In the first century of the post-Reformation Norbertine mission in England, our confrères ran several parishes across the country. One of those parishes was Spalding in Lincolnshire, which became home to a shrine to Our Lady of Lourdes thanks to the enthusiastic efforts of a devoted son of St Norbert, Father Clement Tyck.
On the feast of the Immaculate Conception 1875, Father Guedens and Father Dockx from the Abbey of Tongerloo in Belgium, who were working in the English mission, travelled to Spalding and celebrated a solemn Mass in a room of a ramshackle set of buildings that the mission had recently acquired to transform into a new Church. An architect from Sheffield was commissioned to build the new Church, to be dedicated to the Immaculate Conception and St Norbert; the church was opened in 1877. Thomas Aquinas van Biesen was appointed parish priest, where he remained until his retirement in 1903.
He was replaced by Father Clement Tyck, who had struggled living in industrial Manchester. Immediately, Father Tyck poured himself into the parish. As well as his normal parish duties, he wanted to encourage traditional devotions, particularly to Our Blessed Lady (unlike industrial Manchester, the Fenland Spalding was in an area of the country well-known for its anti-Catholic sentiment), promoting local Catholic associations and children’s groups, and he set about making arrangements for the consecration of the Church. Even the local paper had become enthusiastic, for Spalding had not seen such spectacle before: “there ceremony will be a most imposing one. The white marble altar table, the possession of which is necessary before the ceremony can be performed, has been placed in position, and it is an additional ornament to the interior of one of the prettiest Catholic Churches in the country.” The Bishop of Namen (Namur), who was formerly the Abbot of Tongerloo, Thomas Heylen had travelled to Spalding to consecrate the Church in September 1904, assisted by Father Guedens, who was now himself the Abbot in the English mission.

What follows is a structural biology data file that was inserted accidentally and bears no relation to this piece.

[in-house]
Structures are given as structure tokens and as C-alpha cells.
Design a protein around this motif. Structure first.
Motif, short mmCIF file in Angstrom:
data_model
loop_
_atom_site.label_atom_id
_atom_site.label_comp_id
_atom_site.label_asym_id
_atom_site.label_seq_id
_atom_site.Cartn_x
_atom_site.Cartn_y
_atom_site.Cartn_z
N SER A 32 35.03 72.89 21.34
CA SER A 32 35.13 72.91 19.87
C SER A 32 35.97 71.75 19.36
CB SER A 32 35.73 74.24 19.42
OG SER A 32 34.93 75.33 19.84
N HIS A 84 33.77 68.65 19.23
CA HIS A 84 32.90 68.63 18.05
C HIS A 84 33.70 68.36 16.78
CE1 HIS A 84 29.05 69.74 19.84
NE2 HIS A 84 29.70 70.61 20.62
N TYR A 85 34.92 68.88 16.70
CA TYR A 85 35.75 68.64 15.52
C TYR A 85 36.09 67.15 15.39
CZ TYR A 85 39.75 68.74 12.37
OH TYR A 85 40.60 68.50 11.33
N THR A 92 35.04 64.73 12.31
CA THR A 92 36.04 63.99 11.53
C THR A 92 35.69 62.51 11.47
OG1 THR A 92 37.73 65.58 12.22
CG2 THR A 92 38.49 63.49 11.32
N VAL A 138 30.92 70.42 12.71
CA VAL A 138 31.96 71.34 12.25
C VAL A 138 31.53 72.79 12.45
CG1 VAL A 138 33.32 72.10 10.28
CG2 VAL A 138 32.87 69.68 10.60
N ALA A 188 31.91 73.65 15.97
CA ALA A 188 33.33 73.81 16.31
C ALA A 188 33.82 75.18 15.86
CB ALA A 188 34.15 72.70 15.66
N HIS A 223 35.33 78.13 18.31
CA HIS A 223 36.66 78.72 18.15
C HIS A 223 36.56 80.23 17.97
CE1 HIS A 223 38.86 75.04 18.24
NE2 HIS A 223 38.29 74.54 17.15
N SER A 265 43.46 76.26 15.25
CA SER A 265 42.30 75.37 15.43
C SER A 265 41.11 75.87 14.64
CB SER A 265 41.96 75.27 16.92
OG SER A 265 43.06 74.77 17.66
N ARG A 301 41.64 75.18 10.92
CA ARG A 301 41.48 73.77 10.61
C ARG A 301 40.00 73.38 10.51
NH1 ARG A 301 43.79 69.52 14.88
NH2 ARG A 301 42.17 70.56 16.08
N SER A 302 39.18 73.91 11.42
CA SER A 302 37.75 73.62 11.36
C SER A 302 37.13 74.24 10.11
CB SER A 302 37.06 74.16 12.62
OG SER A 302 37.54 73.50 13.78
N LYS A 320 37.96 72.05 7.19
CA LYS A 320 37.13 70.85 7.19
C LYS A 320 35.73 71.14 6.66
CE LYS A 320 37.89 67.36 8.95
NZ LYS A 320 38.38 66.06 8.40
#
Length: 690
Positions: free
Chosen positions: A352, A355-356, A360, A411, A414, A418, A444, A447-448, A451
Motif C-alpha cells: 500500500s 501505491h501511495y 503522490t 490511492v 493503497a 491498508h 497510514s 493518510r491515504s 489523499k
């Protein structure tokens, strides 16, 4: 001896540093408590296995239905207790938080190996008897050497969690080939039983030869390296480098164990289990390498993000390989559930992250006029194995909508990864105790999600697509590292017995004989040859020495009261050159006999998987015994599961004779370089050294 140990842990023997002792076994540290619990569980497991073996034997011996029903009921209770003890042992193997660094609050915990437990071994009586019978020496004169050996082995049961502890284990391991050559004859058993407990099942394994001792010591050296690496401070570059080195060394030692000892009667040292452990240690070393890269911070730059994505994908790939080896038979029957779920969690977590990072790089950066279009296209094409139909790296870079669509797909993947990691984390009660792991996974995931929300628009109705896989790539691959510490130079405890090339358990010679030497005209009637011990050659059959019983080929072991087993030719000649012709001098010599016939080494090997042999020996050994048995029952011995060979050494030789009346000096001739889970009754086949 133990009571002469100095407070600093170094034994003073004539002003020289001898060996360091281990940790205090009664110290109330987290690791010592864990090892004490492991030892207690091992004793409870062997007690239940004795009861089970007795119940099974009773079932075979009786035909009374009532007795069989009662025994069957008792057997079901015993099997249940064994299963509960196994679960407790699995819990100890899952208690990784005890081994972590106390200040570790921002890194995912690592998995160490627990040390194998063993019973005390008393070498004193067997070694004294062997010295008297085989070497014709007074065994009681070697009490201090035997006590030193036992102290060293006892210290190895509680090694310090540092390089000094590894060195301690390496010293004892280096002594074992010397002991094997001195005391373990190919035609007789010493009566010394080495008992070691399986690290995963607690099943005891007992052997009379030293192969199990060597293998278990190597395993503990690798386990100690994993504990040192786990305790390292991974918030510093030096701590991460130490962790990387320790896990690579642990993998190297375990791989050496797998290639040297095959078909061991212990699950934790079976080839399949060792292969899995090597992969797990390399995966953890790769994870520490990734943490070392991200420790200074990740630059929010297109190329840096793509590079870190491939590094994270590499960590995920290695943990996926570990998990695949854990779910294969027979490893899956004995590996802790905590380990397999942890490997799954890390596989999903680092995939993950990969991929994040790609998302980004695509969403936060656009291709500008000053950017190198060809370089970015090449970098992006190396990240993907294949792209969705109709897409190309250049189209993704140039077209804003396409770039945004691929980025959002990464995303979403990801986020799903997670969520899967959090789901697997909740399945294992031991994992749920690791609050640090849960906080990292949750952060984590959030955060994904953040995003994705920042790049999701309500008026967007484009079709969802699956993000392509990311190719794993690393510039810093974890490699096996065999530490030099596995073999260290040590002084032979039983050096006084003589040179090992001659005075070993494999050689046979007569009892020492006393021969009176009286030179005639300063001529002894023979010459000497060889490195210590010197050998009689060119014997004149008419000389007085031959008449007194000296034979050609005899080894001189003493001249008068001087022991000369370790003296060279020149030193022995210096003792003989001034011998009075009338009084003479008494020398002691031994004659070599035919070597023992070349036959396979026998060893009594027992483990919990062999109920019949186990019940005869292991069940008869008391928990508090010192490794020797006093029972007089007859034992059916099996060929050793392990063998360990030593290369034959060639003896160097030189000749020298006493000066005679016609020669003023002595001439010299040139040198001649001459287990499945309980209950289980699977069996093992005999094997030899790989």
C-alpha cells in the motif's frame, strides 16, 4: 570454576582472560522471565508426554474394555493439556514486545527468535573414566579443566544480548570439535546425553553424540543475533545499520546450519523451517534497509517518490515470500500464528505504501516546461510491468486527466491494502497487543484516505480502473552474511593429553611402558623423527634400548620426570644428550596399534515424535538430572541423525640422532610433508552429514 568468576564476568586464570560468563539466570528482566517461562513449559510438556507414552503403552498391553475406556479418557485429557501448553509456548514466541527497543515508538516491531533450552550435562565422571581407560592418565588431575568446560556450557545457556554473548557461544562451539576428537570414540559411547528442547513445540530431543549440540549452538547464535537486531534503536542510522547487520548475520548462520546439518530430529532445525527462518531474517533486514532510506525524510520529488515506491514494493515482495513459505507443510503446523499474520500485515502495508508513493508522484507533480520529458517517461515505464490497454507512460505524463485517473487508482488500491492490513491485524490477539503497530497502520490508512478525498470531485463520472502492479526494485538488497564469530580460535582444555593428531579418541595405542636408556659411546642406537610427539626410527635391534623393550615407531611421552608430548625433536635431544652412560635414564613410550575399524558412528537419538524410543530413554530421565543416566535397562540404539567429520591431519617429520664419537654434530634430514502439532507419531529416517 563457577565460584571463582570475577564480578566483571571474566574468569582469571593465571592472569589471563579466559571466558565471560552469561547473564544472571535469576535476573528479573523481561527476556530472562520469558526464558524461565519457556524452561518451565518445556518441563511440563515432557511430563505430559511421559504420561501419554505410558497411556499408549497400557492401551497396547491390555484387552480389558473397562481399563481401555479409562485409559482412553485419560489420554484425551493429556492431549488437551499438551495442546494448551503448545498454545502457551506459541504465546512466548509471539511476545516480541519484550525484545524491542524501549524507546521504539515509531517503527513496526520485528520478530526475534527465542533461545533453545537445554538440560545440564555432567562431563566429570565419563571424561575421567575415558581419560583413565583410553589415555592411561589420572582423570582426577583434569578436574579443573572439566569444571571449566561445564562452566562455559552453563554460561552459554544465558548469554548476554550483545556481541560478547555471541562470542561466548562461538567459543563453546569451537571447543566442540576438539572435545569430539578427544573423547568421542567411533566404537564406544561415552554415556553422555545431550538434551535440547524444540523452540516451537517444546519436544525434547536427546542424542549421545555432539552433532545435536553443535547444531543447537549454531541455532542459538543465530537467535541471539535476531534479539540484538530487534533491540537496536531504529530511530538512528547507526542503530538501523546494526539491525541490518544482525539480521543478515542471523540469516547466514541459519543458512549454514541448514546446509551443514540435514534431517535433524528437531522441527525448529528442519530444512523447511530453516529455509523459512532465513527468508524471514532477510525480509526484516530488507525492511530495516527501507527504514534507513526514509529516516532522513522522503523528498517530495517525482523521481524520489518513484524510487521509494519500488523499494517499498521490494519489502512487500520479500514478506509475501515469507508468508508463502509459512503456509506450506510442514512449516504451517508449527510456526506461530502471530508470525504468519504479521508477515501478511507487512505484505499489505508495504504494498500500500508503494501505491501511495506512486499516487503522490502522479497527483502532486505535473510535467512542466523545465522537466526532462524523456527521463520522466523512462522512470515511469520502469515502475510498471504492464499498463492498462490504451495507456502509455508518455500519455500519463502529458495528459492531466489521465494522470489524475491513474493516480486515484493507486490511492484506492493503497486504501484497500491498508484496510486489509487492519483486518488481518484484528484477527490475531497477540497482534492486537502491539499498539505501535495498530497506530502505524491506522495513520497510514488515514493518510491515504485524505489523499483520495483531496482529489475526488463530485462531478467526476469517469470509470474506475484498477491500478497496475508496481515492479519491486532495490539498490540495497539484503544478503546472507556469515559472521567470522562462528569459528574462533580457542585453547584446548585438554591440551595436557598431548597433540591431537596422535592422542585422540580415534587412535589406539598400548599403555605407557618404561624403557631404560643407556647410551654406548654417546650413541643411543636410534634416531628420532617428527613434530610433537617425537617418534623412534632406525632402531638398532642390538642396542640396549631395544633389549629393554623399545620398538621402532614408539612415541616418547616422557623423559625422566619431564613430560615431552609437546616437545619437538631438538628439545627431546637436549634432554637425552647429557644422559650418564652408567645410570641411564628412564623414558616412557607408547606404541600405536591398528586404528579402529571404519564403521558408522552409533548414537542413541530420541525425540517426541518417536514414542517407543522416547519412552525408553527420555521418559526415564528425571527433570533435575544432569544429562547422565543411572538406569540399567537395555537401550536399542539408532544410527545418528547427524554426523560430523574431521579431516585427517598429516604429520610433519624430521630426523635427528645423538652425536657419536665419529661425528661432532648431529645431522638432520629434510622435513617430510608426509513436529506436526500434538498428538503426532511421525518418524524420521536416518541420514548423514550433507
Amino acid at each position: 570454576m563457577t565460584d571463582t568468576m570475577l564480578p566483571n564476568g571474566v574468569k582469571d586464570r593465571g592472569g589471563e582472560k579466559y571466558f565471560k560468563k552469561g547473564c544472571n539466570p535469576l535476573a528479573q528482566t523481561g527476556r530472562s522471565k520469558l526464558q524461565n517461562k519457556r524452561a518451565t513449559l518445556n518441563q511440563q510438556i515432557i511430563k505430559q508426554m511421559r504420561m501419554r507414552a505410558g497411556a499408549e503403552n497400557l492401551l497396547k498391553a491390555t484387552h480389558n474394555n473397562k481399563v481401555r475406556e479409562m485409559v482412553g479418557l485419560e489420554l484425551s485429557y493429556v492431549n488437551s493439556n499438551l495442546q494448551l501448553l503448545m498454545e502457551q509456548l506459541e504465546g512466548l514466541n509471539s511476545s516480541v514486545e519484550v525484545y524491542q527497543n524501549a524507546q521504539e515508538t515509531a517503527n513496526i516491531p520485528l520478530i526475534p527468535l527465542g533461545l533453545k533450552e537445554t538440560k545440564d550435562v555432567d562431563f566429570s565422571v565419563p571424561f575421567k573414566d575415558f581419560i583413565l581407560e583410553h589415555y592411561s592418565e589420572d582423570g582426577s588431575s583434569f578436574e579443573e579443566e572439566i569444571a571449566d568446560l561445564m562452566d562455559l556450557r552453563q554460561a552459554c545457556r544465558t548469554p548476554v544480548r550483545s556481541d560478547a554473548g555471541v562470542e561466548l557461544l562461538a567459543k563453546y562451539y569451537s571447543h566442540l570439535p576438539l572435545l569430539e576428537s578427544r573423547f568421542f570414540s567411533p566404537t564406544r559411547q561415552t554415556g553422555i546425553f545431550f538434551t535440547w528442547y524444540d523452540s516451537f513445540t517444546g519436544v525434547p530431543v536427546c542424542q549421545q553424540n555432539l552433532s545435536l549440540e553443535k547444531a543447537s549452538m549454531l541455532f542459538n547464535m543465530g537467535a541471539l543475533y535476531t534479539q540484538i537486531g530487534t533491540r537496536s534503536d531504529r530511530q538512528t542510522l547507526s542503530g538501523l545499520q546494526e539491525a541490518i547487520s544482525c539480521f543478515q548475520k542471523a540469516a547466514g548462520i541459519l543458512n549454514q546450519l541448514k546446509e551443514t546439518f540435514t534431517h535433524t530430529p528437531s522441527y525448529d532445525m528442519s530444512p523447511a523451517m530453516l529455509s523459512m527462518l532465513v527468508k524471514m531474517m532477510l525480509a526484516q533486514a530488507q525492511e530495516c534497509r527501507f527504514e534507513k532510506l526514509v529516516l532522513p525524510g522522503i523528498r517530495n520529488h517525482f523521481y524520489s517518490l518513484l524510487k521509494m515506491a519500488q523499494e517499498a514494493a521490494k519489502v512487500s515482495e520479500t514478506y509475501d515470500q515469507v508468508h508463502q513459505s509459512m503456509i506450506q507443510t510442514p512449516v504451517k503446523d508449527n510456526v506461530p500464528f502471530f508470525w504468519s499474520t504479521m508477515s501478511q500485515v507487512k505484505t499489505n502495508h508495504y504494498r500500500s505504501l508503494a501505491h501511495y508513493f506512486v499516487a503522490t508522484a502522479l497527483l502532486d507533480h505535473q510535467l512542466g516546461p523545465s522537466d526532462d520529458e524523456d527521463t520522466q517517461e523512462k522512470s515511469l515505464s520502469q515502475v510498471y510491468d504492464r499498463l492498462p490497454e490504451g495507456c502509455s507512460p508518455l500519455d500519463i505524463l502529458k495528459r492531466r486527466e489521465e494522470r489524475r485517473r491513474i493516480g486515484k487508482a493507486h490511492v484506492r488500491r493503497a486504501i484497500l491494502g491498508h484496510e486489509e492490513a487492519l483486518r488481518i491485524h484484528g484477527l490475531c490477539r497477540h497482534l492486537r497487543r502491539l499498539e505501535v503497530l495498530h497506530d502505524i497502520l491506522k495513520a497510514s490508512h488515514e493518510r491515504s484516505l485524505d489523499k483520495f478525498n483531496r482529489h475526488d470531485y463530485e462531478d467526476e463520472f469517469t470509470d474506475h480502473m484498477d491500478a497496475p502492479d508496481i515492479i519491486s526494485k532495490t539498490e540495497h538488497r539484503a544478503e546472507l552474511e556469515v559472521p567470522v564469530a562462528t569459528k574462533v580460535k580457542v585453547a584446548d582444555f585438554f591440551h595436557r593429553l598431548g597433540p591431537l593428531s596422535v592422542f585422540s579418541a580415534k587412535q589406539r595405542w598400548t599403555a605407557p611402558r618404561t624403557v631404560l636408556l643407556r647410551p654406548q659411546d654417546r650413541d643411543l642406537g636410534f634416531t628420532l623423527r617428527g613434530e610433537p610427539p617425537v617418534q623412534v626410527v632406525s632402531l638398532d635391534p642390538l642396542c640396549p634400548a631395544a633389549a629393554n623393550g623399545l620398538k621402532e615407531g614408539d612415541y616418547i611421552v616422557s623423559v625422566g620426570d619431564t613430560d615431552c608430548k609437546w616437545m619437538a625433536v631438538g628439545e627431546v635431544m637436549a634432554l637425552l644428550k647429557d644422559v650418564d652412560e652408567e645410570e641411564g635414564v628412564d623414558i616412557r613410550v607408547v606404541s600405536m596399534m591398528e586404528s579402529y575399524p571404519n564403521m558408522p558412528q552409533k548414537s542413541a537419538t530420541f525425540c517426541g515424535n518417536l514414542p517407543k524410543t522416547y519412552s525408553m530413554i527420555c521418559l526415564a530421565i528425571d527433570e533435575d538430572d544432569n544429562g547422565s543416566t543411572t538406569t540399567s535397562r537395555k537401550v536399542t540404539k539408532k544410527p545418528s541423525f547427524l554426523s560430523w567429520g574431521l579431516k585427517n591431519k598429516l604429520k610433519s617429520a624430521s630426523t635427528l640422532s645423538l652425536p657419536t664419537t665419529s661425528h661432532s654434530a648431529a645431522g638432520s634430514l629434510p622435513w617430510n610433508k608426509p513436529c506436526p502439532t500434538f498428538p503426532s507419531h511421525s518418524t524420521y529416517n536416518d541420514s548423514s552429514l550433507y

By 1907, Father Tyck was keen to commemorate the anniversary of the apparitions of Our Lady in Lourdes, which would fall the following year, and so it was decided to build a replica grotto. which was opened in September 1908. To quote the parish priest: “The Norbertine Abbot of Leffe, himself an admirer of the wonderful events of Lourdes, performed the ceremony of the blessing, and sang the Pontifical Mass. Three o’clock was the appointed time for the more public ceremony of the procession… It was evident that all were struck at the earnestness and fervour of the processionists, especially of the Irish harvestmen, three hundred in number. The procession came to a standstill in Ayscoughfee Gardens, where Prior Higgins spoke to five thousand people.”
A grand procession took place every year in honour of Our Lady, even throughout the war, during which the Catholic Church in Spalding spearheaded the opening of a refugee centre; the town was awash with Belgian refugees throughout the war. But with the departure of Father Tyck in 1921 (who was by now blind), and as the leading figures of the foundation of the parish had started to trickle away from their earthly pilgrimage, the popularity of the procession waned. The last one was held in 1922, and Father Tyck’s “Little Boy’s Band” which had annually provided the music for the festival was ignominiously disbanded. Fortunately, in 1940, a new parish priest, Father Norbert Ellis arrived in Spalding with a mind to reinvigorate the community. With the help of Polish servicemen who were living in the area, he restored the Church and shrine to its former glory. A grand procession was once again held in honour of Our Lady in 1976. After Father Tyck retired to Tongerloo, he once again visited Spalding on his way to Manchester in 1934. He died on the 9 February 1950.